If the company recruits 2,750 students in its first year, the cost would be $18 million to taxpayers in state and local education funds, not including federal funds, according to a 299-page application the company sent to the Cabarrus school district.

K12 staff told Cabarrus County school officials it hopes to open up in the fall, but that appears unlikely. The N.C. Department of Public Instruction set a November deadline for “fast-track” applications for charter schools hoping to open by the 2012-2013 school year, and are already well into their selection process.

By 2016-2017, the company wants to have 5,109 students, and anticipates taking in $34.5 million in public education funds, according to the application.

The virtual public charter school would be open to all grade levels, and offer diplomas for high school graduates.

But it’s not as if the state of North Carolina doesn’t offer anything by way of online education.

The state runs the North Carolina Virtual Public School, an online school that allows students in public schools to take classes online that aren’t offered in their home districts. Offerings for middle school and high school students include 17 AP classes, foreign languages like Chinese or Arabic, and other advanced classes. The cost to taxpayers is about $349 for each course a student takes, said David Edwards, a spokesman for the state-run virtual school.

It may be more cost-effective and offer a better quality education to think about expanding the state’s offerings, instead of hiring a private company to run an online school, said Alex Molnar, another University of Colorado-Boulder professor critical of for-profit virtual schools.

In order to get around state rules that require charter schools to be managed and run by non-profit organization, the company would set up a non-profit organization called “North Carolina Learns” and then contract with K12, Inc. for all services, the company wrote in its application. No non-profit by that name has been registered yet with the N.C. Secretary of State’s Office, as is required.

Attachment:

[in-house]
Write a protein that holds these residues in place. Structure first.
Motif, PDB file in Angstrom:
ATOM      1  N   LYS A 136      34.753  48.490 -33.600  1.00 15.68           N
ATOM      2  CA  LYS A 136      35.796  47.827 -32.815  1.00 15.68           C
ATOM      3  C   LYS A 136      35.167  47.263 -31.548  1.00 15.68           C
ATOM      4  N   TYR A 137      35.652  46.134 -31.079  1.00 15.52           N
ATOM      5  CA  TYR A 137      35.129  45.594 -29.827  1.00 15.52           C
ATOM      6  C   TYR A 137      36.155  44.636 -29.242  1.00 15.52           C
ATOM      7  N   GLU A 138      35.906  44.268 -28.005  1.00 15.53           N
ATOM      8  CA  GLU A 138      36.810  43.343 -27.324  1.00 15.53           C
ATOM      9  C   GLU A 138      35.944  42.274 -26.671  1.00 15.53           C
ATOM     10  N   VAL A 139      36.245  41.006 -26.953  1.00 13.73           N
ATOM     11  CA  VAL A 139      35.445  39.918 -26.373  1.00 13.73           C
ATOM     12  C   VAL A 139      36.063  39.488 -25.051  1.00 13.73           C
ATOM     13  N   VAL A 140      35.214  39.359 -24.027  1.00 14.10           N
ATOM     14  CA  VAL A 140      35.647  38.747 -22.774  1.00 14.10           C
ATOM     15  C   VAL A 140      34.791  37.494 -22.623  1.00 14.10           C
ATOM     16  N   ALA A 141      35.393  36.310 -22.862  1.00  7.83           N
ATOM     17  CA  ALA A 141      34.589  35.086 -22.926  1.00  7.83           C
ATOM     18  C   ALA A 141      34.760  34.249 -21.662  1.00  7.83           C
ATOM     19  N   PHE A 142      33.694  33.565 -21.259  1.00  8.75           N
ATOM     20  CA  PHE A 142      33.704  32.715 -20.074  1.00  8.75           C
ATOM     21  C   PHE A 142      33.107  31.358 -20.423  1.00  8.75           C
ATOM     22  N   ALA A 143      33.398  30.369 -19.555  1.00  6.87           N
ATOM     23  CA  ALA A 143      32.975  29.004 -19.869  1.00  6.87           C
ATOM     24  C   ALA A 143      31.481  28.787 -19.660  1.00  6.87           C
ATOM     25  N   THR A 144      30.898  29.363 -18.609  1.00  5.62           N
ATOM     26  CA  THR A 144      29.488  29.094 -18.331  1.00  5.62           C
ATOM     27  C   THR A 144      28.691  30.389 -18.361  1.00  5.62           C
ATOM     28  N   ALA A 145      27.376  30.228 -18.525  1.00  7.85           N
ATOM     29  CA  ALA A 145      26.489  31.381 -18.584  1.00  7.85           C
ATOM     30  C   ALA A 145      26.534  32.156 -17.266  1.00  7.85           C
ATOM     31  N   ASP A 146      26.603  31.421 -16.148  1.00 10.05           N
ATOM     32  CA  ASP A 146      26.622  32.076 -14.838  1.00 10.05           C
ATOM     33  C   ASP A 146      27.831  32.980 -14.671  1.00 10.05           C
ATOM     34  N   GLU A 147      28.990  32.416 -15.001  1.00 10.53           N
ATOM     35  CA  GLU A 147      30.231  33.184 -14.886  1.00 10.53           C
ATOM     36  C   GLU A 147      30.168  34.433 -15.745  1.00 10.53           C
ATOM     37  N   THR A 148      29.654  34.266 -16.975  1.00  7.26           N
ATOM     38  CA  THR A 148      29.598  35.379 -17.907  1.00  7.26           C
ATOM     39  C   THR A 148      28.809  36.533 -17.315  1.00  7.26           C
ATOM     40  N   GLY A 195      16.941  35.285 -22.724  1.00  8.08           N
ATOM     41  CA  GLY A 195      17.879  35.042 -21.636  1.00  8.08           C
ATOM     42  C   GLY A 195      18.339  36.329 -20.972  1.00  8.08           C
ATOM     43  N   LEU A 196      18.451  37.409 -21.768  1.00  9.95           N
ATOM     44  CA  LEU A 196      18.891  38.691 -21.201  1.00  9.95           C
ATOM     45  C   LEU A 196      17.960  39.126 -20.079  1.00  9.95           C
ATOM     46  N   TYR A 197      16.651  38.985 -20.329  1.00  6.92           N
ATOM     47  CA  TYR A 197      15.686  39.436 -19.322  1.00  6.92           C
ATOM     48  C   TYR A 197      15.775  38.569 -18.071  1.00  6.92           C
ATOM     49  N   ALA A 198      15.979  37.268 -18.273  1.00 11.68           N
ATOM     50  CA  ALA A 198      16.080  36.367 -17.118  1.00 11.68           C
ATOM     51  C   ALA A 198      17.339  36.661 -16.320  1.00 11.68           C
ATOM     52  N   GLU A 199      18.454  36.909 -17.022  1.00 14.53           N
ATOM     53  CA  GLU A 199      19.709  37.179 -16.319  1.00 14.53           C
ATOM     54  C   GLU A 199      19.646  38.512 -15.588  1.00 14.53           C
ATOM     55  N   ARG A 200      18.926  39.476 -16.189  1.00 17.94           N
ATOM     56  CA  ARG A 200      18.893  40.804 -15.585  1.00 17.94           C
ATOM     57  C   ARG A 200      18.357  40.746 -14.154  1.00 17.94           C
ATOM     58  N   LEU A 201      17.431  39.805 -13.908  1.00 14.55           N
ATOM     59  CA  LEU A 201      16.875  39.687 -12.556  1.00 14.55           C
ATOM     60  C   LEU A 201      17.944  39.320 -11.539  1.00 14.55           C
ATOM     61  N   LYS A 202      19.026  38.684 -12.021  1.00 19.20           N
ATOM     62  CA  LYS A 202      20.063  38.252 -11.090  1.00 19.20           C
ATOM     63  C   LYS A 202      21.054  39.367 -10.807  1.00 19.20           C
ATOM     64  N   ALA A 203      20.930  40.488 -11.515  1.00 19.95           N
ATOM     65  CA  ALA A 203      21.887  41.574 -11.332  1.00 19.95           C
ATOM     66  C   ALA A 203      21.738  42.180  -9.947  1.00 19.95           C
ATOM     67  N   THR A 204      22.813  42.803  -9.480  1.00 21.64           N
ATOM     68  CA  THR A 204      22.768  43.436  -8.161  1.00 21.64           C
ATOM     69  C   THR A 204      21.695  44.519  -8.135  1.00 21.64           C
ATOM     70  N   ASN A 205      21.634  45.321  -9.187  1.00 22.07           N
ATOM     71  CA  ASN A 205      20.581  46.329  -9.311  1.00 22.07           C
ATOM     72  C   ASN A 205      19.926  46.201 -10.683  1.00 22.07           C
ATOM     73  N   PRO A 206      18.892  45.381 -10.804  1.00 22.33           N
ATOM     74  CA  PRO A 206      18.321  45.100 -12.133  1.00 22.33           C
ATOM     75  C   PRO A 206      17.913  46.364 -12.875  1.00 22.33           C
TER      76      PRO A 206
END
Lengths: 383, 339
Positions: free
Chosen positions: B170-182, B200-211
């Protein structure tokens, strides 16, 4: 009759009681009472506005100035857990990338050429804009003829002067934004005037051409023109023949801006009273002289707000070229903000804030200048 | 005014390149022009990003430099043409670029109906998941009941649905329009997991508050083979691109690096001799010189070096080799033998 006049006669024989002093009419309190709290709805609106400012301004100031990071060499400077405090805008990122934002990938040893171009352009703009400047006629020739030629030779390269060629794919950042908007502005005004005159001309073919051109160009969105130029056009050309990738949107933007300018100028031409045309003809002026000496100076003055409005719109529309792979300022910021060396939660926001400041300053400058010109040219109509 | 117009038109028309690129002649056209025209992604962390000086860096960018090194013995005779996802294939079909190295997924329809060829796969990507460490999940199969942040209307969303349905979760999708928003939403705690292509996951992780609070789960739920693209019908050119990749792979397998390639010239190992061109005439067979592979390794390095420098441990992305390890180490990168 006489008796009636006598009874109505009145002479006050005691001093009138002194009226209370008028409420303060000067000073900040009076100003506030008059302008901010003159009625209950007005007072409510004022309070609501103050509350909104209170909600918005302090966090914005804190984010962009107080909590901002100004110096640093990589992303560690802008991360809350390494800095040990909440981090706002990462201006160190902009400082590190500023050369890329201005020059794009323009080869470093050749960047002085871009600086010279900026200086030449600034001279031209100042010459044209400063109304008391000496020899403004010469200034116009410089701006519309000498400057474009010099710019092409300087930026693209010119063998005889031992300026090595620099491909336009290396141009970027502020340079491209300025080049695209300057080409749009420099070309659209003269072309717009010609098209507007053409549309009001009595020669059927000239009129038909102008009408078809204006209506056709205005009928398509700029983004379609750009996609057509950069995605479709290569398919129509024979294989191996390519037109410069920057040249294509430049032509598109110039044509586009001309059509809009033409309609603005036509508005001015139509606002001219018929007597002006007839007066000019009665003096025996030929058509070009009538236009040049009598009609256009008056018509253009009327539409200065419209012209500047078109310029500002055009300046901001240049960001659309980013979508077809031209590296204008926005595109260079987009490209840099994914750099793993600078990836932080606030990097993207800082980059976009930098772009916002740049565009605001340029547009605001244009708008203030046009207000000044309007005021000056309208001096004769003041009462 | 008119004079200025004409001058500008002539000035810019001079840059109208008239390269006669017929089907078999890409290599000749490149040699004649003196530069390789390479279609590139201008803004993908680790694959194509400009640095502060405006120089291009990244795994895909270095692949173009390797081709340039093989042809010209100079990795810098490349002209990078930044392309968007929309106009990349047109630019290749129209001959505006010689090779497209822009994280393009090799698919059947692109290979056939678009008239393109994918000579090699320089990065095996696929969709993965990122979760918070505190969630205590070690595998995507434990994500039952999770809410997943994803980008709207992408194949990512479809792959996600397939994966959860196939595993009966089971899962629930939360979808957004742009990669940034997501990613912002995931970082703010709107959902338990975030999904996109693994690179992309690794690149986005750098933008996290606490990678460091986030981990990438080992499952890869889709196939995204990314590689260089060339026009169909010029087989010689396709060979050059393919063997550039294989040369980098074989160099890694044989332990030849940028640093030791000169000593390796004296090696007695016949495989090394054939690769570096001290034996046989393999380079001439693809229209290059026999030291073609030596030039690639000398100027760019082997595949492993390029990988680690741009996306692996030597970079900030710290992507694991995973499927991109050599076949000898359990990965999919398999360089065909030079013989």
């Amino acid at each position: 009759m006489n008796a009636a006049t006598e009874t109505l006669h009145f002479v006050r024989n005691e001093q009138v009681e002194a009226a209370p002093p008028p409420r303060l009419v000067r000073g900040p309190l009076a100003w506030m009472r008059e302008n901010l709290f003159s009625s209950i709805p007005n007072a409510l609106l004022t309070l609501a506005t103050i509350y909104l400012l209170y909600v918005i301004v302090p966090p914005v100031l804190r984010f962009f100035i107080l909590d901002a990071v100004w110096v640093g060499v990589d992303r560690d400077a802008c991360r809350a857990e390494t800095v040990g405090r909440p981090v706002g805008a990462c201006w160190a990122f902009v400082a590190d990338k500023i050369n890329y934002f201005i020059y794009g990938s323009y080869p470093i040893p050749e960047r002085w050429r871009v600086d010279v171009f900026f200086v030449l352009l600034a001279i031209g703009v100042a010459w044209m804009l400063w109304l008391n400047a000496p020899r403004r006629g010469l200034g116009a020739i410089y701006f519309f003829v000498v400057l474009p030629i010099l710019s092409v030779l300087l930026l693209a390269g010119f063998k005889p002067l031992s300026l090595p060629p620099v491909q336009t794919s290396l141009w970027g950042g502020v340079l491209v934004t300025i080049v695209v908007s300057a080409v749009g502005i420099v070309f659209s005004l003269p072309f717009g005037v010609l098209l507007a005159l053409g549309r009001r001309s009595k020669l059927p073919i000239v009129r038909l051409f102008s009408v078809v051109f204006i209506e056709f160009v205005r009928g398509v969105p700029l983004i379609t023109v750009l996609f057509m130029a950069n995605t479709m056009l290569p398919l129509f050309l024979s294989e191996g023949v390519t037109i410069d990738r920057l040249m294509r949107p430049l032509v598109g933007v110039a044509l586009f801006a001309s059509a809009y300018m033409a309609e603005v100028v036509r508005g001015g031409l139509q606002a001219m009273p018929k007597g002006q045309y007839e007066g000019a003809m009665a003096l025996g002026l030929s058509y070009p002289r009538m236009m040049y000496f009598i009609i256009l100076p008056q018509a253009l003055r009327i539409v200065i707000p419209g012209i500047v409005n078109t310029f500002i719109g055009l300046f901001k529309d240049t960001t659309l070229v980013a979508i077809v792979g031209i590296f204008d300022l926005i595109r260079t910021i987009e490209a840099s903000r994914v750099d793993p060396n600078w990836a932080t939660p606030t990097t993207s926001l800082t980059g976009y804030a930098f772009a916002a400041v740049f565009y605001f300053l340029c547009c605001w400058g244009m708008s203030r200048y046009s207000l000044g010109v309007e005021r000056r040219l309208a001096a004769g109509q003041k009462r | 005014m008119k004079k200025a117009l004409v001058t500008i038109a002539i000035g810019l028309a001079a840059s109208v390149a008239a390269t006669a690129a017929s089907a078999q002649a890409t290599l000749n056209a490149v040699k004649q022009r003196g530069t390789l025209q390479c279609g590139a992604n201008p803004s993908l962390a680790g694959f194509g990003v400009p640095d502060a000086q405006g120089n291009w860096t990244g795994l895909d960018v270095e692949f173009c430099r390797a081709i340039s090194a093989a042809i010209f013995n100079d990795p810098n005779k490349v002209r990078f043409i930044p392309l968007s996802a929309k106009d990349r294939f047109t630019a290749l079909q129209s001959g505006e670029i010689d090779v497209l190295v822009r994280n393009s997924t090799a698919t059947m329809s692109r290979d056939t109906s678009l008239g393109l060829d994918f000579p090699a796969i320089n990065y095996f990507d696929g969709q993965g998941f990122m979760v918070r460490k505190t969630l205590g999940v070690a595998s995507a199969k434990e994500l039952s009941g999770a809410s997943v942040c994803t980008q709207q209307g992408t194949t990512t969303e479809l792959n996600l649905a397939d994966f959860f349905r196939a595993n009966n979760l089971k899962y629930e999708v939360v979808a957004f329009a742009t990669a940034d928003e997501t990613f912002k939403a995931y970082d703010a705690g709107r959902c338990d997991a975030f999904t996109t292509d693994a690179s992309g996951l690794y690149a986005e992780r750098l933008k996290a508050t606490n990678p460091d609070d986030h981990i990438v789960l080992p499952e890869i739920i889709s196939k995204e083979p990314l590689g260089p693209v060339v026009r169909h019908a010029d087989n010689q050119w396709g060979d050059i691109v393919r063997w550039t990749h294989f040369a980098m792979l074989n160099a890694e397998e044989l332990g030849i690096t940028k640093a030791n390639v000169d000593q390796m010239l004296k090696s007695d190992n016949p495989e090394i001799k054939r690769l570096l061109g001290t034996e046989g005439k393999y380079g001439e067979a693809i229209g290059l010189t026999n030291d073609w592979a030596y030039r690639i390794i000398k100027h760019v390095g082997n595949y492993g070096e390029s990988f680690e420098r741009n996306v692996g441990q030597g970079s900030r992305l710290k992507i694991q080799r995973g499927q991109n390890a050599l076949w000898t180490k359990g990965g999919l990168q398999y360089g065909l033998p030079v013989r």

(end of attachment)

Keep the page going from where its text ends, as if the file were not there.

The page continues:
Molnar said founding a non-profit to act as a shell for the for-profit company is typical of K12.

“It’s a way to run around the clear intent of the law,” Molnar said.

Powerful players

It’s also not uncommon for the company to tap former elected officials to make its cases, as it appeared to have done in Cabarrus County, Molnar said.

Shepherd, the school superintendent, said he got a call from Barnhart, the former five-term state representative for the area, in October about the possibility of K12 partnering up with the school district.

Barnhart resigned from his legislative seat in late September to take a job with the McGuire Woods lobbying firm in Raleigh. K12 has hired four lobbyists from the firm, according to filing at the N.C. Secretary of State’s office.

“Jeff (Barnhart) contacted me to see if I would be interested in our district pairing with a virtual charter school,” Shepherd said. “I was impressed with what I heard.”

Barnhart stepped down from the N.C. General Assembly on Sept. 30 after serving five terms and is prevent from lobbying until the close of next year’s legislative session, according to lobbying rules outlined in a recent N.C State Ethics Commission opinion. With Barnhart prevented from lobbying at the state level until a cooling off-period passes, he was not listed as one of the four McGuireWoods lobbyists hired by K12.

Because reforms to the state lobbying laws don’t cover local government, Barnhart can push his clients’ causes on the school district level, said Bob Hall, director of Democracy NC, a government watchdog group that’s been active in lobbying reform in North Carolina.

“Lobbying local government is not covered,” Hall said.

Shepherd, the Cabarrus County superintendent, said school staff have met with K12 representatives, and that the school board members will make a decision in January about whether to partner with the school after holding work sessions to discuss the proposal.

Having a school online could help reach homeschooled children, or those unable to succeed in a traditional school setting, Shepherd said. Part of the agreement, if Cabarrus County were to partner with the school, would be receiving three percent of state and local funds the charter school would receive.

Shepherd said he wasn’t aware of some of the national criticism of the company, but plans on doing more research and passing on the information to board members. He said his goal is to increase the offerings for students.

“We’re looking at innovations that will reach all children with education possibilities,” he said.

Questions? Comments? Reporter Sarah Ovaska can be reached at (919) 861-1463 or sarah@ncpolicywatch.com.